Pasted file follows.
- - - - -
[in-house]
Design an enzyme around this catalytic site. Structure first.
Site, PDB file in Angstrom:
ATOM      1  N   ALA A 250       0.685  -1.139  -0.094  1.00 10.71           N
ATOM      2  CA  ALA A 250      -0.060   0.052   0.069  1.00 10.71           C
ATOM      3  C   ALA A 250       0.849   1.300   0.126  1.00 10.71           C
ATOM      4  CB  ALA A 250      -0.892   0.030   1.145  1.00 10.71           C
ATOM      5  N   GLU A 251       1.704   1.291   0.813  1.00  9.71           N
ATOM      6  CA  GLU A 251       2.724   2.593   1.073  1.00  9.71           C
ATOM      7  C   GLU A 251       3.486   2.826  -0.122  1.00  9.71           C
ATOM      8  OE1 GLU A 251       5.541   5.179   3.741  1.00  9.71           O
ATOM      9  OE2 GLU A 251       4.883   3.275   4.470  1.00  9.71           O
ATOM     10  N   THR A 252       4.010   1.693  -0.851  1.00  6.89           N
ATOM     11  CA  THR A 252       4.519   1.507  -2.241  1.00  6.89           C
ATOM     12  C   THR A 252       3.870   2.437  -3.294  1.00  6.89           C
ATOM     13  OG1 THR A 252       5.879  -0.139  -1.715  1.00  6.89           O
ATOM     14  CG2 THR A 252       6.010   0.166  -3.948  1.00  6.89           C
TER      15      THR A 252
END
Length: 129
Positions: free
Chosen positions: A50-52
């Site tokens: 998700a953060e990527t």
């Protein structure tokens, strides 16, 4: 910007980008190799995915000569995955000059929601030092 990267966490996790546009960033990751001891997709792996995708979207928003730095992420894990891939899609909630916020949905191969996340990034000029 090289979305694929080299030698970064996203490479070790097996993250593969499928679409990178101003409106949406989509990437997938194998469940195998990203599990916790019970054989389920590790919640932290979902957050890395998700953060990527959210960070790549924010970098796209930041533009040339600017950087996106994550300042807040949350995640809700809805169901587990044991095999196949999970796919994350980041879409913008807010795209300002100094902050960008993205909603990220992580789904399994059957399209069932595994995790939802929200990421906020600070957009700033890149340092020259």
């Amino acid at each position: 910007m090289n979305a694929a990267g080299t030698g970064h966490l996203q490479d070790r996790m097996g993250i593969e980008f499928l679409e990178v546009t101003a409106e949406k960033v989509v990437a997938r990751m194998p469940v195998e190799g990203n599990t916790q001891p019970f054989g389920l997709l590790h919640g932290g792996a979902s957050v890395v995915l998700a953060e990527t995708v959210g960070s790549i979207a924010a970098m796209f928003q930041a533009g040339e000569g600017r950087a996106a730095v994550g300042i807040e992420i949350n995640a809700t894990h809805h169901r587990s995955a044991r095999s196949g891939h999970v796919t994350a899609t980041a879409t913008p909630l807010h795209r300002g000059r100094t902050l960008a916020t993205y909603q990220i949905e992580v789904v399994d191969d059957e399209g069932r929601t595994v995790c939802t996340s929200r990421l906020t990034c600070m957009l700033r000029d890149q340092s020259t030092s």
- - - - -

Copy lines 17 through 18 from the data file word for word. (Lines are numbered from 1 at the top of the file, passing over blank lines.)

ATOM     14  CG2 THR A 252       6.010   0.166  -3.948  1.00  6.89           C
TER      15      THR A 252